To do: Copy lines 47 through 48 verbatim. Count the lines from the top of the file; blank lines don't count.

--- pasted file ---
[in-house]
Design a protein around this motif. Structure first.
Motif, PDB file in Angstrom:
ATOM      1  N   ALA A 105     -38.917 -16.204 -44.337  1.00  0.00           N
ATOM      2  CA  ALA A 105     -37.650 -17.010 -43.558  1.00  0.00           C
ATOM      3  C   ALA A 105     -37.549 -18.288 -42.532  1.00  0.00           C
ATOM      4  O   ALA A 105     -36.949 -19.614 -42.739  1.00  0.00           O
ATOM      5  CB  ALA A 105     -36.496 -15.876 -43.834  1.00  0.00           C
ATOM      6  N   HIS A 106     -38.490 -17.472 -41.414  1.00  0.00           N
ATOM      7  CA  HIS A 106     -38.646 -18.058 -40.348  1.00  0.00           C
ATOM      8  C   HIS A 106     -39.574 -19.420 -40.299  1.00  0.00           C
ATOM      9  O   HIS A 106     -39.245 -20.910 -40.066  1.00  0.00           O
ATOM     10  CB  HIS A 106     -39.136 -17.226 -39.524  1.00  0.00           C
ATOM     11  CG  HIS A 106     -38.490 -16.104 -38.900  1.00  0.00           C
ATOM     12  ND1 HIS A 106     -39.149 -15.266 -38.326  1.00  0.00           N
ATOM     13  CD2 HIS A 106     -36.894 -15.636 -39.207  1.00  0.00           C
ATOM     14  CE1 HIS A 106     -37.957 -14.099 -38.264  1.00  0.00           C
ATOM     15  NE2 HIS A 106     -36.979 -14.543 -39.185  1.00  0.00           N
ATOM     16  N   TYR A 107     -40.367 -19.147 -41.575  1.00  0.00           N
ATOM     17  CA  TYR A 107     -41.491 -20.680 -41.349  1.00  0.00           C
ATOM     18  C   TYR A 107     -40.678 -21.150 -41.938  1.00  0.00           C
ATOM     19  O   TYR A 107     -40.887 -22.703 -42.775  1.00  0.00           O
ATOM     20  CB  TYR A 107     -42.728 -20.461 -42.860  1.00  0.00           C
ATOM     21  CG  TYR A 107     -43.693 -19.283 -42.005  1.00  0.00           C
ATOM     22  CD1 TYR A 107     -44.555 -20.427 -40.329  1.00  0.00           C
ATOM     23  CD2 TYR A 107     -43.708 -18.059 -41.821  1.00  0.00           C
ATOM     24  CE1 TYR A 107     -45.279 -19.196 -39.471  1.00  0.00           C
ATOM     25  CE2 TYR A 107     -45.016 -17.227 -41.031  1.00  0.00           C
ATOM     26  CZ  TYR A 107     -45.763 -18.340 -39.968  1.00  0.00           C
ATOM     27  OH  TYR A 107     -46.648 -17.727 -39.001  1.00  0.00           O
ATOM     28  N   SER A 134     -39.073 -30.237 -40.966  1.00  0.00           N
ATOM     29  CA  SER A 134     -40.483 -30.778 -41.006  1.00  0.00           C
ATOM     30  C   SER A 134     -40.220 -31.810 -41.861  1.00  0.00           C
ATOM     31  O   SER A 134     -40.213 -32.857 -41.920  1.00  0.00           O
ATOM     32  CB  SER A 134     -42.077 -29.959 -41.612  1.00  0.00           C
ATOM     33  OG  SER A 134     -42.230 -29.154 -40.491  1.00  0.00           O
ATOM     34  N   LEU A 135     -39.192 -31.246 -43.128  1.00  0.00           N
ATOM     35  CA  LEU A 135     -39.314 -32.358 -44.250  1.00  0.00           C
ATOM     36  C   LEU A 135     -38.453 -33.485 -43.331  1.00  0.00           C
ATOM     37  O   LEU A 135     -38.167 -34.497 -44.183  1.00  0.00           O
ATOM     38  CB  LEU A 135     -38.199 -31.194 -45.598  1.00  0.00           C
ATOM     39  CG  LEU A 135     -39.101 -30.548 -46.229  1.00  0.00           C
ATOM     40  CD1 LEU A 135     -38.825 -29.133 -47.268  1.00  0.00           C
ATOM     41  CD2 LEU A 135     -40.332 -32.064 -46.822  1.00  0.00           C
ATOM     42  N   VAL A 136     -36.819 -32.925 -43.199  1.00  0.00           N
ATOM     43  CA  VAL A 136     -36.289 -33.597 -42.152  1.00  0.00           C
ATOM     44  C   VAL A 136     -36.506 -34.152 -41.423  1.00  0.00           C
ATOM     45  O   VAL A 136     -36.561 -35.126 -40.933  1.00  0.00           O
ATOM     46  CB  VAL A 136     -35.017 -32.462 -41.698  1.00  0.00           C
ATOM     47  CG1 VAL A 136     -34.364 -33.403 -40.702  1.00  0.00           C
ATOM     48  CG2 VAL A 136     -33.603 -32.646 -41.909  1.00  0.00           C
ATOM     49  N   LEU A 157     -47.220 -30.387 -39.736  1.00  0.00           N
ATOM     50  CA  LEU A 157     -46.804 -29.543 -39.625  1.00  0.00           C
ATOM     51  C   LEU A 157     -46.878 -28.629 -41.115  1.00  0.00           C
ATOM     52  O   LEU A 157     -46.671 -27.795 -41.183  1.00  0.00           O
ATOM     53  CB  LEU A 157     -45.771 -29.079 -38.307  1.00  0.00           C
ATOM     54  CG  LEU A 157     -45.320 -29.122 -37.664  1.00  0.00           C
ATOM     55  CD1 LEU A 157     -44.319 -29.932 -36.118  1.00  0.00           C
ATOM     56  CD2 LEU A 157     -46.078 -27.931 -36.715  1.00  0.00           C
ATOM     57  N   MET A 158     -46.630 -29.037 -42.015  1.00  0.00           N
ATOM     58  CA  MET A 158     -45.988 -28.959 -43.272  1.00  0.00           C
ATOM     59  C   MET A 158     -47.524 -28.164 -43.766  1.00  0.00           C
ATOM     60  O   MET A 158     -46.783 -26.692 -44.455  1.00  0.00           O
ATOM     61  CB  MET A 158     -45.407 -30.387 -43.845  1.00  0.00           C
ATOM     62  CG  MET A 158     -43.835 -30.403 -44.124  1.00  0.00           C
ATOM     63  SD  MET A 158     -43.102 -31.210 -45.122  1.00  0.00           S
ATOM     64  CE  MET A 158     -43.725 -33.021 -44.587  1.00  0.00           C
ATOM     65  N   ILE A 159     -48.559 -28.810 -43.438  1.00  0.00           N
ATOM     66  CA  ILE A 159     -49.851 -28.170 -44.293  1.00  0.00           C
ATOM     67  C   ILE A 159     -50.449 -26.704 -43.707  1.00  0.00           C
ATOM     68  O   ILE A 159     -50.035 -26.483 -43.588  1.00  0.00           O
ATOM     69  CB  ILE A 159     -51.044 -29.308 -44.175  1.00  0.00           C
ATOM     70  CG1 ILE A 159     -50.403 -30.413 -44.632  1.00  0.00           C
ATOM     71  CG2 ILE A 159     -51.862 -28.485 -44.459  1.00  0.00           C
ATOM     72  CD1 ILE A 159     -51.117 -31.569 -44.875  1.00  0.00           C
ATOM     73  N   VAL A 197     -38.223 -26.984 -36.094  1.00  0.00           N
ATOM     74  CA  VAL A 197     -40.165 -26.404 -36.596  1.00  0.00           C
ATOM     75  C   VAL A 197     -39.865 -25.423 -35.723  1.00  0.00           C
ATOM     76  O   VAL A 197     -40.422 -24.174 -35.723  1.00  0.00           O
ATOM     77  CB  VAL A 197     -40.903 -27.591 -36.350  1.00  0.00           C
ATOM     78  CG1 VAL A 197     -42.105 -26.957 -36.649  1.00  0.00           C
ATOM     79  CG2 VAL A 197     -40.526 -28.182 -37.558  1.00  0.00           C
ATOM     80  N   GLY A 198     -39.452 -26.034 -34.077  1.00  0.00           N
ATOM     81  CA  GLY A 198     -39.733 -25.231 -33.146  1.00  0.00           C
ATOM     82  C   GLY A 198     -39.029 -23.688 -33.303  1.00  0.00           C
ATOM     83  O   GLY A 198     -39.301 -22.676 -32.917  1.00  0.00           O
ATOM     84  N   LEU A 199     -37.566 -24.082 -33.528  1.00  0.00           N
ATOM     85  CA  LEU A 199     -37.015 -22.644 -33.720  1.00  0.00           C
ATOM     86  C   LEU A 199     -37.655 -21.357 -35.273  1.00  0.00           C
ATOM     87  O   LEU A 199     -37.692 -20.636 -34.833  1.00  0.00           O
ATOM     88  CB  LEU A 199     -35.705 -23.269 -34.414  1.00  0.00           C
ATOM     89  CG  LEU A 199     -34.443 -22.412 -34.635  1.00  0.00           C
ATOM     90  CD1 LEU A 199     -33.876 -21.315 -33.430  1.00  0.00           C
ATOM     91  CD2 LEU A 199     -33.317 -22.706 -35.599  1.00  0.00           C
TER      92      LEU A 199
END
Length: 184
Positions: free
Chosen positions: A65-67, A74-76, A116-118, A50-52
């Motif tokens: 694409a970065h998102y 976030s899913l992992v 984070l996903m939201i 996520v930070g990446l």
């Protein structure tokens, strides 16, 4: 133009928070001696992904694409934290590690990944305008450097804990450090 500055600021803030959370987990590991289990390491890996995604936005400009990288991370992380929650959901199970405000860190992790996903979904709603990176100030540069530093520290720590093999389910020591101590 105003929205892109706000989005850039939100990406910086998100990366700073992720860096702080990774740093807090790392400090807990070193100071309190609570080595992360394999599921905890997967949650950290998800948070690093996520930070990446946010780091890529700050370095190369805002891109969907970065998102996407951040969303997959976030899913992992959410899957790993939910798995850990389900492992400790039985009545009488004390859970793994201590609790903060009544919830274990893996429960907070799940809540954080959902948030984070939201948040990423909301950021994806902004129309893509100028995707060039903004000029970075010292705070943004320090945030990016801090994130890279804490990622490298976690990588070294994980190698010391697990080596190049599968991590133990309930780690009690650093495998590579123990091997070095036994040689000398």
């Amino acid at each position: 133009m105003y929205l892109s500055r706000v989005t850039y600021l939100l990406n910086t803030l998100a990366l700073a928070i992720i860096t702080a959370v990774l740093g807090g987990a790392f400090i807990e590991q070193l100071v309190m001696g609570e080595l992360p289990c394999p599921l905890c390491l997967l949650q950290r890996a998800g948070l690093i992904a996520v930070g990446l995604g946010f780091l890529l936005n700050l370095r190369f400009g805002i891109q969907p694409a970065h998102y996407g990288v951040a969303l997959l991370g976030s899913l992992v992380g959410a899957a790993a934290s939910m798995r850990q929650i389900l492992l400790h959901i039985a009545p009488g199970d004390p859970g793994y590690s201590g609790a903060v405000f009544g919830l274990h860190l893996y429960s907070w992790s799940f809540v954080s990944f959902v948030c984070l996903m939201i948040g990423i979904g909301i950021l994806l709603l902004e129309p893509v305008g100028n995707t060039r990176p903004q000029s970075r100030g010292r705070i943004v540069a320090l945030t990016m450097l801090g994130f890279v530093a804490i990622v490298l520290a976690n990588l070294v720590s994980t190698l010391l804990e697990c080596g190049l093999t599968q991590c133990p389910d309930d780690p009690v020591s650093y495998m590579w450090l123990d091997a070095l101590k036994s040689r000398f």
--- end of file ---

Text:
ATOM     44  C   VAL A 136     -36.506 -34.152 -41.423  1.00  0.00           C
ATOM     45  O   VAL A 136     -36.561 -35.126 -40.933  1.00  0.00           O